On July 21, 2016 after nearly two decades at the helm of the broadcast company, Roger E. Ailes turned in his resignation as Chairman and CEO of Fox News.
The announcement came fifteen days after Gretchen Carlson, a former Fox News anchor, filed a lawsuit alleging she was fired from the network in retaliation for refusing sexual advances made by Ailes. Two days later, CNN Money reported that Carlson’s law firm, Smith Mullin, had been contacted by “at least ten” additional women who said they were willing to speak out against Ailes’ sexual harassment.
Only months later, a new sexual harassment scandal is unfolding at Fox News, this time involving heavyweight anchor, Bill O’Reilly. On April 1, 2017 The Times reported that five women had been paid a total of $13.1 million by O’Reilly or Fox News to settle sexual harassment lawsuits between 2002 and 2016. The women named in the report were Rachel Witkieb Bernstien and Andrea Mackris, two former producers on O’Reilly’s show, as well as Rebecca Gomez Diamond, Laurie Dhue and Juliet Huddy, who were on-air personalities at either Fox News or Fox Business.
As the lawsuits stack up, O’Reilly and Ailes have denied all allegations. In a statement posted to his website, O’Reilly implied that all five women who have spoken out against him are liars. “Those of us in the arena are constantly at risk, as are our families and children. My primary efforts will continue to be to put forth an honest TV program and to protect those close to me.”
In his statement, O’Reilly claimed to have settled the five lawsuits to protect his children. “But most importantly, I’m a father who cares deeply for my children and who would do anything to avoid hurting them in any way. And so I have put to rest any controversies to spare my children,” said O’Reilly.
Fox News has stood by O’Reilly’s statements, claiming, “No current or former Fox News employee ever took advantage of the 21st Century Fox hotline to raise a concern about Bill O’Reilly, even anonymously, we have looked into these matters over the last few months and discussed them with O’Reilly.” But according to a meta-data analysis by Lilia Cortina of the University of Michigan and Jennifer Berdahl of the University of British Columbia Sauder School of Business only two to three percent of people experiencing workplace harassment ever file a formal complaint.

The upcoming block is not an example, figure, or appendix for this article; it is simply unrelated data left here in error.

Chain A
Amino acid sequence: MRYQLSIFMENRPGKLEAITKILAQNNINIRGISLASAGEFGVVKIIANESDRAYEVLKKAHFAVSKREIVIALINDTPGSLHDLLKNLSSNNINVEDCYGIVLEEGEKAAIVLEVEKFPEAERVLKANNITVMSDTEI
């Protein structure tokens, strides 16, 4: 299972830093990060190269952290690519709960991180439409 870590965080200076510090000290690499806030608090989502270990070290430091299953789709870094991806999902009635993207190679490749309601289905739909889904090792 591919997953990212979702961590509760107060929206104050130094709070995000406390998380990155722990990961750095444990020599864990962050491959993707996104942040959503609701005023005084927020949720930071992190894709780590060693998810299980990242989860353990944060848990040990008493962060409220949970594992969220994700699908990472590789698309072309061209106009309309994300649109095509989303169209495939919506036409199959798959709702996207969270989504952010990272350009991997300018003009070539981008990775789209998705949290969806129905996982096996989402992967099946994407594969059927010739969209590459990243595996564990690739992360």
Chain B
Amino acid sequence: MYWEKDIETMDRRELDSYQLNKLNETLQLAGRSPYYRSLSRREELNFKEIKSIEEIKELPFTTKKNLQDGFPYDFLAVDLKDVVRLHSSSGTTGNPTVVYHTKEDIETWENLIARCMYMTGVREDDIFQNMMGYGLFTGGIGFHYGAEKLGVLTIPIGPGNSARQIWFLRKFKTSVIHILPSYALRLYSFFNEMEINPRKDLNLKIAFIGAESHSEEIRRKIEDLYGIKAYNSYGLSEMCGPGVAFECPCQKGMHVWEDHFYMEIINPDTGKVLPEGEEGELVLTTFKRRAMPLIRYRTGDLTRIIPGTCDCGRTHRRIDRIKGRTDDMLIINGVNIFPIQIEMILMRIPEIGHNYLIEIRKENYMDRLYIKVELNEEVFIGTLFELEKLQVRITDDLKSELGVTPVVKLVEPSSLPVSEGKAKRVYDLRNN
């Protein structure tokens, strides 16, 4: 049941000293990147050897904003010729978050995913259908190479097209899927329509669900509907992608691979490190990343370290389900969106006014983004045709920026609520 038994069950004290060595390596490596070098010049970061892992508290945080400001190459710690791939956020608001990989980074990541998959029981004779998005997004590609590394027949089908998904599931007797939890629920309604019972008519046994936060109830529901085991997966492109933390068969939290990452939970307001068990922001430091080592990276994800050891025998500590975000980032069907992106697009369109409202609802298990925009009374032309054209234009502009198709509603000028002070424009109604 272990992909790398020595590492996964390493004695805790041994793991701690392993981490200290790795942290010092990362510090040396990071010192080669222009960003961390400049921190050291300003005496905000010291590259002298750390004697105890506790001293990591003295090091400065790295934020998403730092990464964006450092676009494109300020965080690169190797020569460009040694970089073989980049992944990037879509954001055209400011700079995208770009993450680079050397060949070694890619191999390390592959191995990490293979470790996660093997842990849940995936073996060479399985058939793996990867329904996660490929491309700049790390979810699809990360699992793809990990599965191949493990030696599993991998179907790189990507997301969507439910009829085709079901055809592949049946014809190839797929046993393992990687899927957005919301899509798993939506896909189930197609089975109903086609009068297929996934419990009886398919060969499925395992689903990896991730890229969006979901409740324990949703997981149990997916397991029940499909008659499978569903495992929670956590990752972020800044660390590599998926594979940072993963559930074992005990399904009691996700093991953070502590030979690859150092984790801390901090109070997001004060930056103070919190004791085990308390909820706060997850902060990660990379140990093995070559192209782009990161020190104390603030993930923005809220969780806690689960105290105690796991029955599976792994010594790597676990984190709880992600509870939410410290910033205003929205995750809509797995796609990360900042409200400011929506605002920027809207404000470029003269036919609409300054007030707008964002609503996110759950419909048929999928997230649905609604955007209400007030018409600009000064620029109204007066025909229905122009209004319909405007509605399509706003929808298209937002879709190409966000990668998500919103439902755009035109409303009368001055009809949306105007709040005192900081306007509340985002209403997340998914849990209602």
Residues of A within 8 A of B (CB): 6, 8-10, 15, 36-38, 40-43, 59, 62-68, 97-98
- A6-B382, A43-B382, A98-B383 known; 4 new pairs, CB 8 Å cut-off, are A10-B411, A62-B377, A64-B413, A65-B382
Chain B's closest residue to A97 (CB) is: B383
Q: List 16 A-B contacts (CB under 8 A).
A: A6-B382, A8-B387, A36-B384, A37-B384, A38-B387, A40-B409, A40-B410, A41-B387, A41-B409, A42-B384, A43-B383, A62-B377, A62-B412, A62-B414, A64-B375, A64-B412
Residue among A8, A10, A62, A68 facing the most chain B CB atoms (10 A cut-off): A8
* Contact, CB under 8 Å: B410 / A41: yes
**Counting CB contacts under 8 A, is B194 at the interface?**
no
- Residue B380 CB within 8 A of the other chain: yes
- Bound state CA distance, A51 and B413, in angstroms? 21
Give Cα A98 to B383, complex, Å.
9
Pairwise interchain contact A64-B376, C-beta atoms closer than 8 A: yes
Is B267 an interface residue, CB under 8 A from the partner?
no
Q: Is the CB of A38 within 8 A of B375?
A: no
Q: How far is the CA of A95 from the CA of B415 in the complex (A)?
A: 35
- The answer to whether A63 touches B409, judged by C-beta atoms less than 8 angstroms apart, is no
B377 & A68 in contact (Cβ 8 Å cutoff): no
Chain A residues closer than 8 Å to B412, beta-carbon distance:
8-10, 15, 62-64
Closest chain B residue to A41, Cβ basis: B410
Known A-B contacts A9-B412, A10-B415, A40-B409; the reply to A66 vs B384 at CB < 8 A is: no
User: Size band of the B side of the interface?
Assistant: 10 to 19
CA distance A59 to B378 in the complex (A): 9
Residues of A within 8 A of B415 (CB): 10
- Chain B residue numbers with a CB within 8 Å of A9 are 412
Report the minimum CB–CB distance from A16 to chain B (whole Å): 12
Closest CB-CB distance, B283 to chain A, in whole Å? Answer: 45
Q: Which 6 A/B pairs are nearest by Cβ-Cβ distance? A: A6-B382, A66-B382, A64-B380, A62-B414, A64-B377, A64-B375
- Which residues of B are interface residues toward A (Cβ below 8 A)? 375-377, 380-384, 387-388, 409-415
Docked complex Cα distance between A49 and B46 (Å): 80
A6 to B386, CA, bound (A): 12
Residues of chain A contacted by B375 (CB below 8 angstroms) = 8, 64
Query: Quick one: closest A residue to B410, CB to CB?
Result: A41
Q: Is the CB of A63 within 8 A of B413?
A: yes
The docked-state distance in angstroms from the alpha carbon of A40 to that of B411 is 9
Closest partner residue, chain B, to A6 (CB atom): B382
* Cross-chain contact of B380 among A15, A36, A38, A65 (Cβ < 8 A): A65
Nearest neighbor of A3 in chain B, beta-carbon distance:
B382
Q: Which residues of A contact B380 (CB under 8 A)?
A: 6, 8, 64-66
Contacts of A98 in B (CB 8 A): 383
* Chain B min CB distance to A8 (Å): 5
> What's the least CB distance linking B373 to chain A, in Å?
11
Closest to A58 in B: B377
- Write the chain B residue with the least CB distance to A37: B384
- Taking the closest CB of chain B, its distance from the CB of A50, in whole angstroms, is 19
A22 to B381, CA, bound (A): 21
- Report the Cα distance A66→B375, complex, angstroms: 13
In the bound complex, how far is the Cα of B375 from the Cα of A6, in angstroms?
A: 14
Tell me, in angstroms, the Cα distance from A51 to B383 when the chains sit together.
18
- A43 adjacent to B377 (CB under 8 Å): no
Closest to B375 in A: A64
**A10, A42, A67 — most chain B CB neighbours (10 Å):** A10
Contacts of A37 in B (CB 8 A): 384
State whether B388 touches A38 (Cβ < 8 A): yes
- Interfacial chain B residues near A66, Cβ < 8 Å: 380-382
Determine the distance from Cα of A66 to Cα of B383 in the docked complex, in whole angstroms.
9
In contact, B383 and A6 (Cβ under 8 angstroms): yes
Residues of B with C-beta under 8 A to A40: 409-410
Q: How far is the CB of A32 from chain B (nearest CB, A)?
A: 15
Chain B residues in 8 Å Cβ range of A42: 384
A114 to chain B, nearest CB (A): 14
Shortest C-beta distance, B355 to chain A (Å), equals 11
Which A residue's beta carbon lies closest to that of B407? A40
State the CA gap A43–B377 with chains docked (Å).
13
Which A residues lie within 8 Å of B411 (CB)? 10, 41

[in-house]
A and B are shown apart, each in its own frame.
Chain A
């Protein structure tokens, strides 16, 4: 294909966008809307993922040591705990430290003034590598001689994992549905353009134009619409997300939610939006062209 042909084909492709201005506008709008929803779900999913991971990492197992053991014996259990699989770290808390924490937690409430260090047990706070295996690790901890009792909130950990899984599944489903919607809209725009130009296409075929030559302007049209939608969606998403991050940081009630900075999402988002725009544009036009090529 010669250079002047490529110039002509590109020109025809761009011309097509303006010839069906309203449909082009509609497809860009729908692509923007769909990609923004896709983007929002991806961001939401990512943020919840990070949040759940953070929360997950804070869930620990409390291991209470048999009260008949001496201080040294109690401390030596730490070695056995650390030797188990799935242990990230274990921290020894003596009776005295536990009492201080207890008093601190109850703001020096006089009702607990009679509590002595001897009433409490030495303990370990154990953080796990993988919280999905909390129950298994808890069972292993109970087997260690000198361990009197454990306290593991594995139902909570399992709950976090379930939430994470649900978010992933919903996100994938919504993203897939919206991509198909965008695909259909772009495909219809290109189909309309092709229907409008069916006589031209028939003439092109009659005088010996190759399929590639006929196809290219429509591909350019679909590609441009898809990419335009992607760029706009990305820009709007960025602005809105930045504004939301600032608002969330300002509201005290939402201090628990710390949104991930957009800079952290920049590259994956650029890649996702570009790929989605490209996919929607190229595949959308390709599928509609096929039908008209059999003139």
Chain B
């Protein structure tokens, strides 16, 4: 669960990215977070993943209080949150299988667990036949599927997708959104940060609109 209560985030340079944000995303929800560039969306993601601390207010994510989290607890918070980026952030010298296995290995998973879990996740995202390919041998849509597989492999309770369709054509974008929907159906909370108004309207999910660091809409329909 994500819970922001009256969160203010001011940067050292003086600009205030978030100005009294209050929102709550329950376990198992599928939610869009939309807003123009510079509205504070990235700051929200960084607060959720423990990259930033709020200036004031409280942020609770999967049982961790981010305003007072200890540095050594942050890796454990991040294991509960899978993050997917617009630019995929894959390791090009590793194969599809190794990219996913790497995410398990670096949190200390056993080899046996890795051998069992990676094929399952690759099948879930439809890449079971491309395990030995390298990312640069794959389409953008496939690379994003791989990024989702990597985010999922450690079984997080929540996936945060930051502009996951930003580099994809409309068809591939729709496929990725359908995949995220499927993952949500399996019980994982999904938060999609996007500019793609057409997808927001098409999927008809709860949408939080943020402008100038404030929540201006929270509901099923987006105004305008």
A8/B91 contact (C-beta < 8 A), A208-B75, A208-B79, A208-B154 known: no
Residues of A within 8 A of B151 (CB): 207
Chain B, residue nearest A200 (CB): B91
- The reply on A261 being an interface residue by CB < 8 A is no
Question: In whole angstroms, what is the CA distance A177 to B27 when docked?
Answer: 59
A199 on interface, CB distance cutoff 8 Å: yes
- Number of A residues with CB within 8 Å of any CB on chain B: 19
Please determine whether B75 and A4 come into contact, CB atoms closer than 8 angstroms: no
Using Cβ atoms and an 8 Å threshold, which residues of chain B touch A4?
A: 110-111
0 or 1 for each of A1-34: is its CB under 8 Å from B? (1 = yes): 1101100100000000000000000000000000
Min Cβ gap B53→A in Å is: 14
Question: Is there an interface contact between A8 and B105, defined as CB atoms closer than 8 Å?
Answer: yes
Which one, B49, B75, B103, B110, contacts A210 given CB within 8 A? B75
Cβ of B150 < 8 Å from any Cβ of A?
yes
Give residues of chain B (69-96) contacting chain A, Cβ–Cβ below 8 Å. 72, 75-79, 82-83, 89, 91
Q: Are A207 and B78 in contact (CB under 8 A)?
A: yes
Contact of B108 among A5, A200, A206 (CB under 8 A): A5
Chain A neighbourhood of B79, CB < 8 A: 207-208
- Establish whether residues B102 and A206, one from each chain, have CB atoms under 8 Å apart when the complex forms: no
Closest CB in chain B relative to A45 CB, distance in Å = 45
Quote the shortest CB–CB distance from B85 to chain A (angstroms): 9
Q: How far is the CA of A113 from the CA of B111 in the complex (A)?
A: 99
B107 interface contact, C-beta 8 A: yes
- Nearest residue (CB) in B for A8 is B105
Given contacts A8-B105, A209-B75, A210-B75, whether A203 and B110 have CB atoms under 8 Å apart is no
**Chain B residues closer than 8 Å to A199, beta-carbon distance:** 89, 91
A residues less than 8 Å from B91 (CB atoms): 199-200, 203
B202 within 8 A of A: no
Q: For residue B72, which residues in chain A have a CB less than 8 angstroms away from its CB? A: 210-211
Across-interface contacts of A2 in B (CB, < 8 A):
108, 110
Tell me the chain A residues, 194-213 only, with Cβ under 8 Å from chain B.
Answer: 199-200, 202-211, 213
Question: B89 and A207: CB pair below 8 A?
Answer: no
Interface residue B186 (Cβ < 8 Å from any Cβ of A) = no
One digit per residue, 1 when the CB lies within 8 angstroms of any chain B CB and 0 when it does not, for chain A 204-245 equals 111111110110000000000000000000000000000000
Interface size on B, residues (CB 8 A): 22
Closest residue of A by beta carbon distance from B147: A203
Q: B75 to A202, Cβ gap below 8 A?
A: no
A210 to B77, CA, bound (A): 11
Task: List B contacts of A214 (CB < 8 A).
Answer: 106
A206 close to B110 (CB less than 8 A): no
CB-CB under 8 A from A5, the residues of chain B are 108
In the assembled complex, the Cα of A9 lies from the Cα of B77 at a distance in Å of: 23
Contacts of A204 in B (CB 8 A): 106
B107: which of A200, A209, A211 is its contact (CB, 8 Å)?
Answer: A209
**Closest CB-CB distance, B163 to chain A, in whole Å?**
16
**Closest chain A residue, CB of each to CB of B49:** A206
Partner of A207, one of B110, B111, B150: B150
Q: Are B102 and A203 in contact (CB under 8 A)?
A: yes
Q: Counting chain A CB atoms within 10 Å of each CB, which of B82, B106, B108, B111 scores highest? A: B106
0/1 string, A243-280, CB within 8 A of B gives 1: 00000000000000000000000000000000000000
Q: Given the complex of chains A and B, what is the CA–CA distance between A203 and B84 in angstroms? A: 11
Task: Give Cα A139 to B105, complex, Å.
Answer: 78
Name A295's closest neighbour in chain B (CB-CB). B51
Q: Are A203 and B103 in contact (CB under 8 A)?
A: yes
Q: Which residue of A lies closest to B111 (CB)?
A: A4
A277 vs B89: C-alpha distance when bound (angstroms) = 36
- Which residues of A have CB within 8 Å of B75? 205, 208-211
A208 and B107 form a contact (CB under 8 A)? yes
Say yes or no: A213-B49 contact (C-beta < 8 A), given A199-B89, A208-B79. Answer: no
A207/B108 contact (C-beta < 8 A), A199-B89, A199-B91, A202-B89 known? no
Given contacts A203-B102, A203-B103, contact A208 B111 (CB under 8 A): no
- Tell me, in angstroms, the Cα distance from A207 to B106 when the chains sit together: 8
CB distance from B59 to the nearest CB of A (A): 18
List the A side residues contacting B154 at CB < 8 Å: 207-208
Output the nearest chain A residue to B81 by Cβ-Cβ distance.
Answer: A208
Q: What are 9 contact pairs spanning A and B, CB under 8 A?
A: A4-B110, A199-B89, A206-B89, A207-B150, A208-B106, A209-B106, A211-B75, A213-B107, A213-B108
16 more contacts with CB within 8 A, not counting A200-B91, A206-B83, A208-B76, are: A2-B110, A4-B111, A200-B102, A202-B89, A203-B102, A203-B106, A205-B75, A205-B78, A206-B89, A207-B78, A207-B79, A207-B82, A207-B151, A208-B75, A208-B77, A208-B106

The following day, radio host Dr. Wendy Walsh—who was not one of the five women mentioned by The Times—announced that she would be filing a formal report with the 21st Century Fox hotline. Walsh’s lawyer, Lisa Bloom, posted a video recording to YouTube of Walsh filing the complaint and tweeted the following: “Fox News and O’Reilly have said no one has complained about him on their complaint line. That is no longer true. We have proof.”
Since the show’s inception in 1996, The O’Reilly Factor has been Fox News’ linchpin. It may be for this reason that the company has stood by O’Reilly through previous sexual harassment allegations. In fact, one of the lawsuits included in The Times article had been previously reported. In 2004, The Smoking Gun posted a 22-page affidavit filed with the New York Supreme Court naming O’Reilly as a defendant. The affidavit included transcripts of an unsolicited phone sex conversation in which O’Reilly launched into a lewd fantasy about touching producer Andrea Mackris in the shower with a loofah, which he later mistakenly called a “falafel.”
More ominously, after climaxing, O’Reilly boasted to Mackris that none of the women he’d engaged in sexual relations with would ever come forward publicly. “Nobody’d believe ‘em… they wouldn’t [tell] anyways,” O’Reilly continued, saying, “ I can’t imagine any of them ever doing that ‘cuz I always made friends with women before I bedded them down.” O’Reilly was married with two young children at the time.